I don't know if you've heard, but Minecraft is pretty great. Now, maybe (read: probably) I'm crazy, but building towers that scrape – nay, grievously paper cut – the sky and versions of Mt. Rushmore with the faces of Rush band members actually isn't my favorite part of the game. Truth be told, that award goes to the simple act of cracking open a fresh world and seeing the sights. Minecraft's random generator is a subtle master of “Ooooo, what's that over there?” and each unique world is a joy to explore. Towering, snowcapped mountains, glorious seaside vistas, winding cave mazes that feel thousands of years old (as opposed to seconds) – each one's a Costco bulk bag of block-shaped eye candy.
Meanwhile, when most gamers hear “randomization,” they probably think “Diablo loot,” or – if you've been around the block/are a clinically diagnosed masochist – “roguelikes.” That, I think, needs to change.
Now, don't get me wrong. Randomization's not the solution to all of gaming's greatest ills. BioWare, for instance, probably couldn't fire its entire writing staff and hire a bunch of Magic Eight Balls. But randomization is an incredibly powerful tool that consistently collects dust in many developers' arsenals. I mean, I'm sure you've contemplated running through a level of Modern Battle War on the Homefront blindfolded while making all the sound effects and pinning a tale on a donkey before. Or maybe not... that, but you know what I mean. Here's the thing, though: For modern videogame randomization techniques, adding a few branches to that excessively linear path is only the tip of the iceberg.
Let's start our tour with Civilization. Granted, Sid Meier's time-transcending opus has far fewer factors to randomize than, say, a triple-A shooter, but that's precisely why it works so well. Civilization's core design thrives on randomness. Where will key resources end up? How about each major faction? Depending on just a few deft pokes and prods from the invisible hand of fate, your entire in-game story changes radically. I'll never forget my Japanese nation's centuries-spanning war with the Spanish, but it could have easily been a hug and handshake convention for the ages if the dice had landed a couple ticks differently. Either way, though, it's my story and nobody else's.
Moving into more complex territory, there's the likes of Dwarf Fortress and Love. Both games use algorithms and randomization to generate entire worlds. But while Love hasn't quite found its footing just yet, Dwarf Fortress is legendary for spawning tales that are equal parts epic and epically hilarious. Depending on innumerable factors – from individual dwarven dispositions to freaking soil erosion – you might end up with anything from an inspirational tooth-and-nail battle against the odds (and, you know, a genocidal murder monster) to a single dwarf suddenly going mad and smelting another dwarf into armor. There are entire websites devoted to this stuff, and with good reason: It's videogame storytelling in its purest, most emergent form, and – more importantly – it's really, really good.
You may be wondering, however, what's happening in Big-Budget Land beyond Diablo III and its ilk. Unfortunately, the answer's currently “not a whole lot.” Can you really blame the Activisions and EAs of the world, though? I mean, building a game like Dwarf Fortress with the scale and fidelity of, say, Battlefield 3 would be a task on the level of creating a second Great Wall of China made out of Sistine Chapels and ancient Egyptian Pyramids. There are simply too many variables to take into account.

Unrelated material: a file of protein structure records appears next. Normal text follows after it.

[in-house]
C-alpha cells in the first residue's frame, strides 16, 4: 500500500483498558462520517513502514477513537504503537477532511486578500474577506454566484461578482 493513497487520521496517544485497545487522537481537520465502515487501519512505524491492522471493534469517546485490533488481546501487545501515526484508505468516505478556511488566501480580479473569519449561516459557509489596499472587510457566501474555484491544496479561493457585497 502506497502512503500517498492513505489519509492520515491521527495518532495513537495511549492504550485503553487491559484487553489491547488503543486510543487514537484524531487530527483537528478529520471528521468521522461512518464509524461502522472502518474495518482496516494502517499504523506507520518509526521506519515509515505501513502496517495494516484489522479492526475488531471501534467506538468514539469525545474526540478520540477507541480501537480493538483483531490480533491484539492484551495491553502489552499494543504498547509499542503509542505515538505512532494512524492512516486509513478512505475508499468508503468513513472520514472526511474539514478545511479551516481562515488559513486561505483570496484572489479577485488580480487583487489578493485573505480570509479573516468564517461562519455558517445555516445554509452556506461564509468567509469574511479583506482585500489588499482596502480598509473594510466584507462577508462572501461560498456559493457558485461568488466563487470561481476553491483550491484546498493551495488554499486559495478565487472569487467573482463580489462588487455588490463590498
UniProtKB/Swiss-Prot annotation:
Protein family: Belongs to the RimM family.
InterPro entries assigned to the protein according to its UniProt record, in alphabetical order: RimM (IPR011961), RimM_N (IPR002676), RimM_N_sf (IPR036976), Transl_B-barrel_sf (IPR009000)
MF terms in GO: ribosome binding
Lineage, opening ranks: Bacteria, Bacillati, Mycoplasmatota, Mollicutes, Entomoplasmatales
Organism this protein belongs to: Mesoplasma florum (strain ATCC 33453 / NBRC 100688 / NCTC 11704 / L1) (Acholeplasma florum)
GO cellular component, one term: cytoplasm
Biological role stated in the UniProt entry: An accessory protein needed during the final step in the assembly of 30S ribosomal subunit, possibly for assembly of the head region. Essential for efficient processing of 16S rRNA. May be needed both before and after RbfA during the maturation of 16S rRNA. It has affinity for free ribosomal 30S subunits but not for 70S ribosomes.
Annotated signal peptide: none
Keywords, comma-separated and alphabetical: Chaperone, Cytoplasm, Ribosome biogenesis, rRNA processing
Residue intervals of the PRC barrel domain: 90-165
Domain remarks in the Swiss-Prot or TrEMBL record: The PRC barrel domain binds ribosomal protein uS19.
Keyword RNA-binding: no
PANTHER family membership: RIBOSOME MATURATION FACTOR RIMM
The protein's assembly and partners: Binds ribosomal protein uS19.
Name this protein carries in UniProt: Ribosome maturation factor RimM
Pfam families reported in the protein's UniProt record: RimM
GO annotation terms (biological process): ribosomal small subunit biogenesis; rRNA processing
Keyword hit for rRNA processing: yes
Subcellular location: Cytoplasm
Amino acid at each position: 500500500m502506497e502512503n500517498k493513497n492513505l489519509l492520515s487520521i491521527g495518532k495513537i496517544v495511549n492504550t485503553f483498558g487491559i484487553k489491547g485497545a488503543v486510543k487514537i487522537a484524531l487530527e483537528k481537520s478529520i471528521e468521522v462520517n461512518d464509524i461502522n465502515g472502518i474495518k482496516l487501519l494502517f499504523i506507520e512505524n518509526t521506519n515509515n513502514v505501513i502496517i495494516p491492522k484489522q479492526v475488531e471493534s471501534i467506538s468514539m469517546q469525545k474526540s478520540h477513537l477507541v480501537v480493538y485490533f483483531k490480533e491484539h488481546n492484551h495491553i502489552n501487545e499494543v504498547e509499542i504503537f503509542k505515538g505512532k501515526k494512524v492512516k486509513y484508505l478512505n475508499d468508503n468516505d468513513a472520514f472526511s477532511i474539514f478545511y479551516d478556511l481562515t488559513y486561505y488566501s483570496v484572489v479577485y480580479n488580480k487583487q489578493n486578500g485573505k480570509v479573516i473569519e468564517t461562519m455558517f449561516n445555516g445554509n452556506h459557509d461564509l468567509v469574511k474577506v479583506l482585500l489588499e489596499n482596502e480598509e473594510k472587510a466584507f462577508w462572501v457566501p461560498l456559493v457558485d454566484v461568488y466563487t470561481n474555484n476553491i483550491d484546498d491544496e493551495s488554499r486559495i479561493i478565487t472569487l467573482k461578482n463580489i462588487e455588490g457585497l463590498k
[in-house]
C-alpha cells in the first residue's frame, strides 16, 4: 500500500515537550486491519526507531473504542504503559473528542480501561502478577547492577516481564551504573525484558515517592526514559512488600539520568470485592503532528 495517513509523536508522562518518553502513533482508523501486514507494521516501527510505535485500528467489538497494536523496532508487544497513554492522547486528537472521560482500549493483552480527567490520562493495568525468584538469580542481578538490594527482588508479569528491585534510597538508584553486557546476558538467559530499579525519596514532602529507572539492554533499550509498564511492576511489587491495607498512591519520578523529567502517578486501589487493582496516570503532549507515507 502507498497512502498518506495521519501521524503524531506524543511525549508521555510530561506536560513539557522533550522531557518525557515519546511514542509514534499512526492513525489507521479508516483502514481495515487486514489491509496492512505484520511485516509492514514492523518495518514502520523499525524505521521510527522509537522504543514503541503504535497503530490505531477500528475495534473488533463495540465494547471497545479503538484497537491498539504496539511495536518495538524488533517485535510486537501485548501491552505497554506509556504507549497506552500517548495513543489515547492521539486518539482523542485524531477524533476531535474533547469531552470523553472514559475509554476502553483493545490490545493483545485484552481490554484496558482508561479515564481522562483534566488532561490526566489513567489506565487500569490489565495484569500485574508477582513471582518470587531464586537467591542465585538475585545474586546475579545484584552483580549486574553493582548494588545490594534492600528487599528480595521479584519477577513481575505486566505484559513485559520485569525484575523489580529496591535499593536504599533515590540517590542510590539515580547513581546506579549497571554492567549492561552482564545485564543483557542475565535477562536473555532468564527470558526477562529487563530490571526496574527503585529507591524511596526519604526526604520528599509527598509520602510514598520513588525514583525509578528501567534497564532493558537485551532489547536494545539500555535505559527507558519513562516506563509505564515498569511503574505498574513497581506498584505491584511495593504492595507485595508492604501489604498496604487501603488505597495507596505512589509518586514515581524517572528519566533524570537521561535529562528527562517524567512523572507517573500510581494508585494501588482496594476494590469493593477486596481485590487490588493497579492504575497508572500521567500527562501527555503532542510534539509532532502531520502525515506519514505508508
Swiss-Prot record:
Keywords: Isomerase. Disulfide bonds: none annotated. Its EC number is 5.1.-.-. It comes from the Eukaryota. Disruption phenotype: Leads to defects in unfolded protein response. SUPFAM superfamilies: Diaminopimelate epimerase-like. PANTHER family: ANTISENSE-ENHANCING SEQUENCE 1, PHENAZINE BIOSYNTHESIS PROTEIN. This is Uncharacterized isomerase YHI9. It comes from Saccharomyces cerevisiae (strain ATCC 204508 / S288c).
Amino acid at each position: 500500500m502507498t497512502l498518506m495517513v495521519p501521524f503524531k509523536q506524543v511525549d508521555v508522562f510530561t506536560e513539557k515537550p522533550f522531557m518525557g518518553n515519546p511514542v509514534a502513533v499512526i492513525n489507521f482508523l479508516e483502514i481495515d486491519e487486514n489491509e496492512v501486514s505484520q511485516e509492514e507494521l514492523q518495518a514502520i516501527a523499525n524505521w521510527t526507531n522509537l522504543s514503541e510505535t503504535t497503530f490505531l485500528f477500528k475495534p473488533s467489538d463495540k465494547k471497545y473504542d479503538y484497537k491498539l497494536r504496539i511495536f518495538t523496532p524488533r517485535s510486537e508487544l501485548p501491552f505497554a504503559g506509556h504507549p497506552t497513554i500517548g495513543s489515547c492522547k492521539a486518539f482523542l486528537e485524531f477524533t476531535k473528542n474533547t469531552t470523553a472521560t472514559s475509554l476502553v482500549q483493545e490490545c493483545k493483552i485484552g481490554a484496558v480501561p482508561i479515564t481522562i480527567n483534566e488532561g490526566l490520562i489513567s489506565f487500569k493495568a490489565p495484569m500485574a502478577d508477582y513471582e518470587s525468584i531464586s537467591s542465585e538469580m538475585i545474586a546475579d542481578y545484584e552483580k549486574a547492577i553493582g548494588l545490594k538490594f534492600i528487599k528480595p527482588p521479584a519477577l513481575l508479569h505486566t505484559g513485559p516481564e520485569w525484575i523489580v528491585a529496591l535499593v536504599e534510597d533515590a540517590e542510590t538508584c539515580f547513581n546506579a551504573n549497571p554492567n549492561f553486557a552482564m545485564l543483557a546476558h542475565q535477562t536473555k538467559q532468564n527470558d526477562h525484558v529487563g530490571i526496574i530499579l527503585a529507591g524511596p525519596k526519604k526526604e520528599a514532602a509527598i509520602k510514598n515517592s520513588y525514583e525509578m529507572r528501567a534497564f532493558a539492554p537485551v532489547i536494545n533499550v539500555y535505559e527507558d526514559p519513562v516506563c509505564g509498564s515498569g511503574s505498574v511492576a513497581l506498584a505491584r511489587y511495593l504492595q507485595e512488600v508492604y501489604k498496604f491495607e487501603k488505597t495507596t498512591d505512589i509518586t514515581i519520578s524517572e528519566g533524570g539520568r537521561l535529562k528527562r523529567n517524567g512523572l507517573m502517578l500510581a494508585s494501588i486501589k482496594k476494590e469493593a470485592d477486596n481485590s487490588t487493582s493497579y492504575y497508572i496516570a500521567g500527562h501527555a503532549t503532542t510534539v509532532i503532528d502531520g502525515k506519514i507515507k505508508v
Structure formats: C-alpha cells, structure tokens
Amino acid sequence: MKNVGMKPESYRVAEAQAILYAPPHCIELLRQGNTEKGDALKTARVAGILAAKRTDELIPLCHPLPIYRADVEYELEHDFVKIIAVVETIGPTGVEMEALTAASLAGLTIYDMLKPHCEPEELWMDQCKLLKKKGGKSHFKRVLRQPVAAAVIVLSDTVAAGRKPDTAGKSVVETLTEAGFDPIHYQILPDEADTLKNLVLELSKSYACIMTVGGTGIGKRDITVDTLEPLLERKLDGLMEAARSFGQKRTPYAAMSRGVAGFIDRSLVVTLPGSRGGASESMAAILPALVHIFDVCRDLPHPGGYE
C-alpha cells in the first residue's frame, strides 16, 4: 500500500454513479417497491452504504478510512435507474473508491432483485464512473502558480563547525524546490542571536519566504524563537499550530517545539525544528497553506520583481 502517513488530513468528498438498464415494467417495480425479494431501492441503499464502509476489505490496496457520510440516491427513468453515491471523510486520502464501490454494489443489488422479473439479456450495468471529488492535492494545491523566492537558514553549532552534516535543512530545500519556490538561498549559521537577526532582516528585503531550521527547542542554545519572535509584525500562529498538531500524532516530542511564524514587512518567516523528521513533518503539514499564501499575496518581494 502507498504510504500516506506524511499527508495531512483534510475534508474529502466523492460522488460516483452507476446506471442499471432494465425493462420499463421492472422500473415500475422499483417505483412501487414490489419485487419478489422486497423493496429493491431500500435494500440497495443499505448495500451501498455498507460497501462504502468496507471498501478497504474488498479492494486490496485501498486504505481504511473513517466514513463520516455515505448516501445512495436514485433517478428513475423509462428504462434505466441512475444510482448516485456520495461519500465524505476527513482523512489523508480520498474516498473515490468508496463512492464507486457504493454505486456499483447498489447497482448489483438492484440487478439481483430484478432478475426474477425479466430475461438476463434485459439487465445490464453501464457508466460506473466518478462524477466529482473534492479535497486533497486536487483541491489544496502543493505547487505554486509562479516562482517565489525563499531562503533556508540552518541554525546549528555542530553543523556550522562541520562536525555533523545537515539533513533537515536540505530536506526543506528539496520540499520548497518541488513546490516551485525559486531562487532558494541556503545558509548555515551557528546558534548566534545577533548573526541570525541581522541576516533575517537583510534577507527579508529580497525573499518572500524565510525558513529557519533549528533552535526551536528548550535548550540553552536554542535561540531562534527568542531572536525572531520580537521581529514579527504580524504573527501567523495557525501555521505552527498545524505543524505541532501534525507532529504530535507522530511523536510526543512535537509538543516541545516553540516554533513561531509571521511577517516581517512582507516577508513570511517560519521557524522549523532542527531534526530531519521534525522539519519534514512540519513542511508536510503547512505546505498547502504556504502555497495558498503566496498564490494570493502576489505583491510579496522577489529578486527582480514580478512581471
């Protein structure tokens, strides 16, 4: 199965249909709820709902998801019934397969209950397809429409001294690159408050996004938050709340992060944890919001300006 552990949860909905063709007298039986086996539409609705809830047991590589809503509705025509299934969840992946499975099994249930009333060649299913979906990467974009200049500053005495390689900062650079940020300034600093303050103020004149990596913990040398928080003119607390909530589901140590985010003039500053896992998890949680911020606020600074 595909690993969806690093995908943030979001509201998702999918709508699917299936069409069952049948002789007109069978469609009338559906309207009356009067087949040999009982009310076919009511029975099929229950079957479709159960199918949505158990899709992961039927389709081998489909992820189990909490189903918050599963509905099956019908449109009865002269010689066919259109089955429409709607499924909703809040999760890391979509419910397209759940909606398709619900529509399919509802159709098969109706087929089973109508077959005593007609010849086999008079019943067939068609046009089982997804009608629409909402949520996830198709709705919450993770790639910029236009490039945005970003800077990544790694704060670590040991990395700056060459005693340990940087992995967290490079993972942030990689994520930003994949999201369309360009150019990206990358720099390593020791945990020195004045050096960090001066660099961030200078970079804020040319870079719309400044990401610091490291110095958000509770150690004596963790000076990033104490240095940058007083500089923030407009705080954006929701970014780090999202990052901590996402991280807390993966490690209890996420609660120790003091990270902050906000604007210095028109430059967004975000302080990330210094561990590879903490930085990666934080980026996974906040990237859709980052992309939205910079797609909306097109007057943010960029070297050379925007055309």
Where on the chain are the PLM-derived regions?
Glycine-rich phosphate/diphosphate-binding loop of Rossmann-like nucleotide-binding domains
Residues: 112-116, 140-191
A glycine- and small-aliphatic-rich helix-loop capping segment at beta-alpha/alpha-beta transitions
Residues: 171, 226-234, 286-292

That said, a couple games are carefully tossing in a few dashes of dynamic tech to spice up otherwise tried-and-true formulas. Foremost, there's Left 4 Dead, whose AI Director bases enemy timing and placement on what's most frightening and oh god there are Witches everywhere and my whole world has been engulfed in fire and despair. Er, sorry about that. But, yes, the end result of all that randomization tends to be a perfectly delicate, utterly unique snowflake of bloody, screaming chaos. As such, Left 4 Dead's at its best when everything goes horribly, horribly wrong. “We succeeded” is a boring story. “Everyone died” is far more fascinating when Left 4 Dead's telling the tale.
The Elder Scrolls V: Skyrim, meanwhile, is probably playing the quietest variation on the randomization theme. Basically, depending on where you are in the game world, Skyrim will kidnap a character – probably somehow using dragons – from a nearby town and toss them into whatever quest or storyline you encounter. It's a tiny twist, sure, but the hope is that it'll ultimately lead to more believable, personal stories.
It's also a perfect example of how deeply these dynamic systems can run. They don't have to be the backbone of an entire game to make a big difference. You may not even notice until you're talking it over with a friend, but really, that's the beauty of it. Plus, it's friggin' Skyrim. There are already reports of chickens-turned-law-enforcers and newlywed NPCs cheating on their wedding nights. Drop even the teensiest pinch of randomization into that cauldron of crazy and you're likely to get a full-on explosion of hilarity.
I feel, then, that the gaming industry's sitting right on top of this wellspring of potential, but mostly opting to pass by it in favor of dry, cracking hand-me-downs from other mediums. Many people seem to see randomization as this place where intricate game mechanics – especially those involved in storytelling – go to die. That mentality, however, couldn't be further from the truth. I'm tired of roller coaster rides masquerading as games. I want the whole damn theme park.